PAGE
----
“How was the trip?” Tom asked.
  “Fairly easy. The sea was calm all the way. Actually, it was quite beautiful.” 
  Broad in the chest and standing a little more than six feet tall, Jack was a robust defender of the cluster of tiny islands, 35 miles offshore. His passion for the site was so vigorous that he tended to alienate some of the natives he hoped to draw into his alliance. There was a strong environmental consciousness, manifesting in national protection of the long reef system and creation of several national parks and wildlife sanctuaries. But Belizeans did not like being pushed – especially by an outsider. And, most distressingly, many locals exhibited a sense of complacency about threats to the sea.
  “Would it be possible to get out there with you sometime?”
  Tom had already had enough of jungle living. He and Rhonda Fuller were renting a stilted house 20 miles inland, near the Mayan village of San Pedro Columbia. The heat, humidity, rain and hordes of biting and stinging insects there had made life unbearable. Here, in town, a steady breeze cooled the air a bit and kept mosquitoes at bay.
  It was the sea that had lured him anyway. Tom looked again at the water. Colors were shifting, reflecting the rapidly changing moods of the sky. The sun was setting behind them, streaking the offshore clouds with bands of pink and orange. A patch of water about half a mile out glowed with a carnelian hue.
  “I don’t see why not,” Jack replied. “But, I’ll have to clear it with Lenora. Sure, if it’s OK with her.”
  Lenora Carranza and her husband, Mario, operated the main water taxi service across the bay to Guatemala from the downtown wharf, as well as arrangements for inland excursions to Mayan sites and national parks. The Carranzas were also the co-founders of SMACO.
  Maria suddenly appeared next to their table.
  “Good evening gentlemen. How are you?”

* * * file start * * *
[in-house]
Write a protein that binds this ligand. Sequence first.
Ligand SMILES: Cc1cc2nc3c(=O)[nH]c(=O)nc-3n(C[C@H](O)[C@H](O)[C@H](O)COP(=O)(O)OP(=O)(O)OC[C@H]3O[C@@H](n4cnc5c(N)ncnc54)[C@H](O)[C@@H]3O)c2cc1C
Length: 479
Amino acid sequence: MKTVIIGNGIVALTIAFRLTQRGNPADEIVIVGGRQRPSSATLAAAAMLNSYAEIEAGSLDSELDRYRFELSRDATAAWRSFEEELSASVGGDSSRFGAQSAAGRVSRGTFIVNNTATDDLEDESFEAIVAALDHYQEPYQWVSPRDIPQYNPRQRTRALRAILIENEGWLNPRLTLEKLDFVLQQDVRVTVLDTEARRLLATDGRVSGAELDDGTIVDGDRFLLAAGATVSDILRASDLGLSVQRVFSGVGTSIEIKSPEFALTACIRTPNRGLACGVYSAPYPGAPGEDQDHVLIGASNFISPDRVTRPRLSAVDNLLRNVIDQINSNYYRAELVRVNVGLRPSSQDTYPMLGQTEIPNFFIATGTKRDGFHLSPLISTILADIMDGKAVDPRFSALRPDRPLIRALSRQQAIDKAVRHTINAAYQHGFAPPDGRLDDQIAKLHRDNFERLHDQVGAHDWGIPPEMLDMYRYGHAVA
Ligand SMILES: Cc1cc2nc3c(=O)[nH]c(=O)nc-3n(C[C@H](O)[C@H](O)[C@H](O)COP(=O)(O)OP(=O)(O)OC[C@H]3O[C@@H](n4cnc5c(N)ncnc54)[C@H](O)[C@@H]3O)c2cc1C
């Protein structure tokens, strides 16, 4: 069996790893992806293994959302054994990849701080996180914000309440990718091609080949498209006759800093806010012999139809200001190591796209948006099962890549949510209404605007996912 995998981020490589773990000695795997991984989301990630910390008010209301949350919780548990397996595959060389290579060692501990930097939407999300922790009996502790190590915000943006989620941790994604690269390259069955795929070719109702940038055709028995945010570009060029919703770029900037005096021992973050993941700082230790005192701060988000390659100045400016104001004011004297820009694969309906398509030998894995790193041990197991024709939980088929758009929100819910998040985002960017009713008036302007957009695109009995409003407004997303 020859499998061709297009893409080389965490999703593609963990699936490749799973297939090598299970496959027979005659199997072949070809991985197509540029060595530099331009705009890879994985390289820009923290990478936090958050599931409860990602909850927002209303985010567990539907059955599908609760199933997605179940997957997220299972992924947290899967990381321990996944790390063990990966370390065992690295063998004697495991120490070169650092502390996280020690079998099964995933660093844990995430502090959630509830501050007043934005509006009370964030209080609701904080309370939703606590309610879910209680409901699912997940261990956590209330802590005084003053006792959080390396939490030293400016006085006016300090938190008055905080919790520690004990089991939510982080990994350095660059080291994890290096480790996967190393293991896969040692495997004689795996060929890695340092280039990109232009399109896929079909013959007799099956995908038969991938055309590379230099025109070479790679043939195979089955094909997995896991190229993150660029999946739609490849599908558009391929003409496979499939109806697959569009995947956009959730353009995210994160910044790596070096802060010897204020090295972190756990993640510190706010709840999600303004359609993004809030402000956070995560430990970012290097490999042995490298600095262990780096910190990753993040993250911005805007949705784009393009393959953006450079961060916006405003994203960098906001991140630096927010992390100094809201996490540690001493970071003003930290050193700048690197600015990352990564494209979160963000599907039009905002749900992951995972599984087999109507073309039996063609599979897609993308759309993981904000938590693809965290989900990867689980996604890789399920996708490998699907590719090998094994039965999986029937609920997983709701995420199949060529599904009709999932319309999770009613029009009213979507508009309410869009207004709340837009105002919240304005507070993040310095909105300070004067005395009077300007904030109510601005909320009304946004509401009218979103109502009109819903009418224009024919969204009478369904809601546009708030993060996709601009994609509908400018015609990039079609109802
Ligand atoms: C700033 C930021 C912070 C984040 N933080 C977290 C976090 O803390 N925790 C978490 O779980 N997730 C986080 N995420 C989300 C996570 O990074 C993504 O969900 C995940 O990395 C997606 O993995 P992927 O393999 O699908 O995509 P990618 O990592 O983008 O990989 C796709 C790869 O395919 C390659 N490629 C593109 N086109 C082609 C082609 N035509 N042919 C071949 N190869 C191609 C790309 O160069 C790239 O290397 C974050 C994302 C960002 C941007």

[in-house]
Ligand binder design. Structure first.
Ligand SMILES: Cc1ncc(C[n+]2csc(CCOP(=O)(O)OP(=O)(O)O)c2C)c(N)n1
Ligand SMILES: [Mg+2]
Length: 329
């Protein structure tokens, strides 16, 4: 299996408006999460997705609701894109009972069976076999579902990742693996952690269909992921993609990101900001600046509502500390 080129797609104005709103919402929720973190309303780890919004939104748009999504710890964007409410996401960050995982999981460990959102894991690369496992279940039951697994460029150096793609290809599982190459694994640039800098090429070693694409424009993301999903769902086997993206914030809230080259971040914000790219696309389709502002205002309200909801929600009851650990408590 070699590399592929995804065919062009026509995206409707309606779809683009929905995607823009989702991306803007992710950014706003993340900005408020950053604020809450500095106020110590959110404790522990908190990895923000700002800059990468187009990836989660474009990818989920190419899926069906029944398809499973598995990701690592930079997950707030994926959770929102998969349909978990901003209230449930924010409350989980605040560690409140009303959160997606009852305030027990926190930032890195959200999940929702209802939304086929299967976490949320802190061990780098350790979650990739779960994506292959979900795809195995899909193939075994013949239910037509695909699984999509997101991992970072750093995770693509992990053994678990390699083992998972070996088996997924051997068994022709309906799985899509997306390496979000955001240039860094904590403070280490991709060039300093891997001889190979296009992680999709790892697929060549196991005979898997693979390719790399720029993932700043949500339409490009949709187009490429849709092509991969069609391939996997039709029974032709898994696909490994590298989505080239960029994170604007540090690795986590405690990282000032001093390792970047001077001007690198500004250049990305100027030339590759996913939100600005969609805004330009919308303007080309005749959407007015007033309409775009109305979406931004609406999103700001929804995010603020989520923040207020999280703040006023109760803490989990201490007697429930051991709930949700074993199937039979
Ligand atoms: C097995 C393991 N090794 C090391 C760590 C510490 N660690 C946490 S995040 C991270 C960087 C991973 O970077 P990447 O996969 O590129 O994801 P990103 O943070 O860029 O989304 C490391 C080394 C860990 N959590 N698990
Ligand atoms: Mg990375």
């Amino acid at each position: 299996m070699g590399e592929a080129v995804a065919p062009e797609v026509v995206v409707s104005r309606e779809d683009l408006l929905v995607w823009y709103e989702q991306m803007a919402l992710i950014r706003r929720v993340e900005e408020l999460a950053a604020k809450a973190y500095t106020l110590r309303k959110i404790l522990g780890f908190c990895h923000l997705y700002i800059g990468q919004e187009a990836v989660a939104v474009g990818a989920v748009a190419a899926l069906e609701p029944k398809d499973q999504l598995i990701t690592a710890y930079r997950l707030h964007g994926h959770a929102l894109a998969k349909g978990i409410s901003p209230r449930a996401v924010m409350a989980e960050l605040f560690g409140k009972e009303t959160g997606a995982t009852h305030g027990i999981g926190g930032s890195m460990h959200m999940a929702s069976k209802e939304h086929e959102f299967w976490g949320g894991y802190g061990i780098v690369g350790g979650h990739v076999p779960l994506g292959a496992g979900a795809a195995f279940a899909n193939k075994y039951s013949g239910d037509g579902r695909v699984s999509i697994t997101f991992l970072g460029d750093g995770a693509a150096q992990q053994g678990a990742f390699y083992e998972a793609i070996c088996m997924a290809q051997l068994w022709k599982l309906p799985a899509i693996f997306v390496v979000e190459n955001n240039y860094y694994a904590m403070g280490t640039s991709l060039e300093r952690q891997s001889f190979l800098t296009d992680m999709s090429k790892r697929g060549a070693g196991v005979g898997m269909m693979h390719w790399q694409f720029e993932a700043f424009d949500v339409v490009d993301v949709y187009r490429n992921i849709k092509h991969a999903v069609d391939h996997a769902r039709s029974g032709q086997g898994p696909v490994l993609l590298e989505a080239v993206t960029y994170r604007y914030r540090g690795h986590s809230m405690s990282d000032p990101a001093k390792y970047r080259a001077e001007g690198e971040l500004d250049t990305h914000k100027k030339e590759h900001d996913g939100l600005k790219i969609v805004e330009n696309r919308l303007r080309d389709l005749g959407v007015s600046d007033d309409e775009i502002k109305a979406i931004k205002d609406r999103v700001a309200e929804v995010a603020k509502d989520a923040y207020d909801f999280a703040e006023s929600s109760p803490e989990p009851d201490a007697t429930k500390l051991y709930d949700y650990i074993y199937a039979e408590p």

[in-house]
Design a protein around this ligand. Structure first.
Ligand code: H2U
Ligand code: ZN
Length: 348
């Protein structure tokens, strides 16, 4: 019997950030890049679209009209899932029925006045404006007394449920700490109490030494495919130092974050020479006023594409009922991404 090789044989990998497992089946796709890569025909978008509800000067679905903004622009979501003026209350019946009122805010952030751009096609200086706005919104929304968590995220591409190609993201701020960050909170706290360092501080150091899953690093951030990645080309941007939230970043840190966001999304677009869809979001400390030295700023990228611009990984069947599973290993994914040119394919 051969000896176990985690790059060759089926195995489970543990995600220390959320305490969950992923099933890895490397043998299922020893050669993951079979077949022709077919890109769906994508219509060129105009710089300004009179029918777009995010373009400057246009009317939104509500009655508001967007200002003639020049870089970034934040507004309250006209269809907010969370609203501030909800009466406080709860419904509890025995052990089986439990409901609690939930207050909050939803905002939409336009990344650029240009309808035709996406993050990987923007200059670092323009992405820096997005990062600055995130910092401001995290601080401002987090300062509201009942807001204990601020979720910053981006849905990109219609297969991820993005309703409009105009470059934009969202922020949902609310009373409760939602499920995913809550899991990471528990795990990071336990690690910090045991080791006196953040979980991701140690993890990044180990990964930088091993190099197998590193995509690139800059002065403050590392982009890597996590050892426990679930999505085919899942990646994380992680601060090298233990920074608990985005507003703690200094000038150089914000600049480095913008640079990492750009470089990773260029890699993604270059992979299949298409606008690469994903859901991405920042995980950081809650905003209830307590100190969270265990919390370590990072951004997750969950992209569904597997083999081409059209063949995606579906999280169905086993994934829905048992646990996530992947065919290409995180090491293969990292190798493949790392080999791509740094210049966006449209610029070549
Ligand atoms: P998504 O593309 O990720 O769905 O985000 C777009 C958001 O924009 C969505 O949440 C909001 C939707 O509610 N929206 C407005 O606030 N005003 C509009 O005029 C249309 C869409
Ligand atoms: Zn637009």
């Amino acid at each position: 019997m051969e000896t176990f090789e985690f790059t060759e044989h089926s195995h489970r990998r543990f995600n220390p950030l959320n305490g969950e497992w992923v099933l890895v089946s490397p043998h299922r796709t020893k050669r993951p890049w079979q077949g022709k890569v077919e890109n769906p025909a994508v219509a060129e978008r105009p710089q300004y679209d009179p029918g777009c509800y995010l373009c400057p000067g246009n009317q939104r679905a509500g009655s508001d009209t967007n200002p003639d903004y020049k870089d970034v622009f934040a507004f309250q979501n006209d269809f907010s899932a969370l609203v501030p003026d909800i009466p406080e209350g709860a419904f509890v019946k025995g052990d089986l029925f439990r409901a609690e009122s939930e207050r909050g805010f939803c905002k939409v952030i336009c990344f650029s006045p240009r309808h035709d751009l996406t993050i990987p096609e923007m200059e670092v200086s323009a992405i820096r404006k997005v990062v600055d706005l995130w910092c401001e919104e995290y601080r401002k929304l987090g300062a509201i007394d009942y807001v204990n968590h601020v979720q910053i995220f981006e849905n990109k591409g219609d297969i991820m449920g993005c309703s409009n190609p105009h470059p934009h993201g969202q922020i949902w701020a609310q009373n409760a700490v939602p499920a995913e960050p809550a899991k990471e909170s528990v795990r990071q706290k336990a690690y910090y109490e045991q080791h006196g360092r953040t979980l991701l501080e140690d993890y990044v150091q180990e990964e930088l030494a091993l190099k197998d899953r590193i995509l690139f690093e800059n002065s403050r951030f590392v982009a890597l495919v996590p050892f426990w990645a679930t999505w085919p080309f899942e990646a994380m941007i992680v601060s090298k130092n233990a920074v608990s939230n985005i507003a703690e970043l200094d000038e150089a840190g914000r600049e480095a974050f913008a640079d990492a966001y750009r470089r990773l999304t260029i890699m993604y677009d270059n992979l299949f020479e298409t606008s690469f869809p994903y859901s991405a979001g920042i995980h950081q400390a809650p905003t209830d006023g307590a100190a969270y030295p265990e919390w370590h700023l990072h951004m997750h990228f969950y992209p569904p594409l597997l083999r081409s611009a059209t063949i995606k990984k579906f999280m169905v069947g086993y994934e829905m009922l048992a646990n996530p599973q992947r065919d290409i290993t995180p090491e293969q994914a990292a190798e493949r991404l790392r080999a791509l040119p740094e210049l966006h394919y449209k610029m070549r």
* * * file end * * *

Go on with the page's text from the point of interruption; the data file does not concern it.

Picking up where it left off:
The round, middle-age, East Indian/Creole woman looked tired. Tom knew she worked long hours to make a go of her restaurant, which was open for lunch and dinner seven days a week. She, her husband and three daughters lived in a downstairs apartment, so Maria was always on call. Her two helpers were incapable of running the place without her, she had told Tom.
  “Fresh from the sea and ravenous,” Jack answered.
  “That’s good, because tonight we have fish fillets, fresh from the sea,” Maria said with a smile. “But not quite ready yet. Can I get you some drinks?”
  “Sure. How about rum punches?” Tom asked Jack.
  “Excellent. You’re talking about the one with pineapple squash and coconut juice?”
  “Indeed.”
  “Make it two,” Tom told Maria.
  “And I’m ready to order dinner now,” Tom added. He remembered the three-entrée menu scribbled on a chalkboard behind the bar as they entered, as well as the length of time it always took for food to appear, even though he and Jack were the only customers.
  Tom ordered curried chicken with steamed rice and vegetables, while Jack bit on the fish fillet.
  “Why do you want to go out to the keys?” Jack asked.
  “Just to see what it’s like out there. I’m feeling penned up here. I need to get out on the water.”
  “I hear you. I’m surprised you’ve taken life in the bush as well as you have. How’s your book coming?”
  “Slowly,” Tom said, grimacing. “I really can’t get rolling on it. I dumped the original idea, so I’m off in a different direction.”
  “It’s not going to be about the Maya then?” Jack looked surprised.
  “It’s going to be a novel. I haven’t gotten many insights about the Maya here that I could turn into a book. Either they don’t know, or won’t say, what caused their civilization to collapse in the thirteenth century. So, no, it won’t be a scholarly work. I’m tired of that anyway. It’s one of the reasons I quit the newspaper.”
  Maria quietly appeared and put their drinks on the table. Nothing fancy here. No paper umbrellas topping the small water glasses. Just the fine Belizean One Barrel rum and the mixes over purified ice cubes. The beach resorts at Placencia, San Pedro and Caye Caulker catered to tourists who were charmed by cute presentations. No one bothered with that in gritty Punta Gorda.
  “Here’s to fiction then,” Jack said, raising his glass.
  Tom clicked his glass against Jack’s.
  “Sometimes fiction is the best way to put the truth across,” Tom said, smiling. The two men gladly sipped their drinks.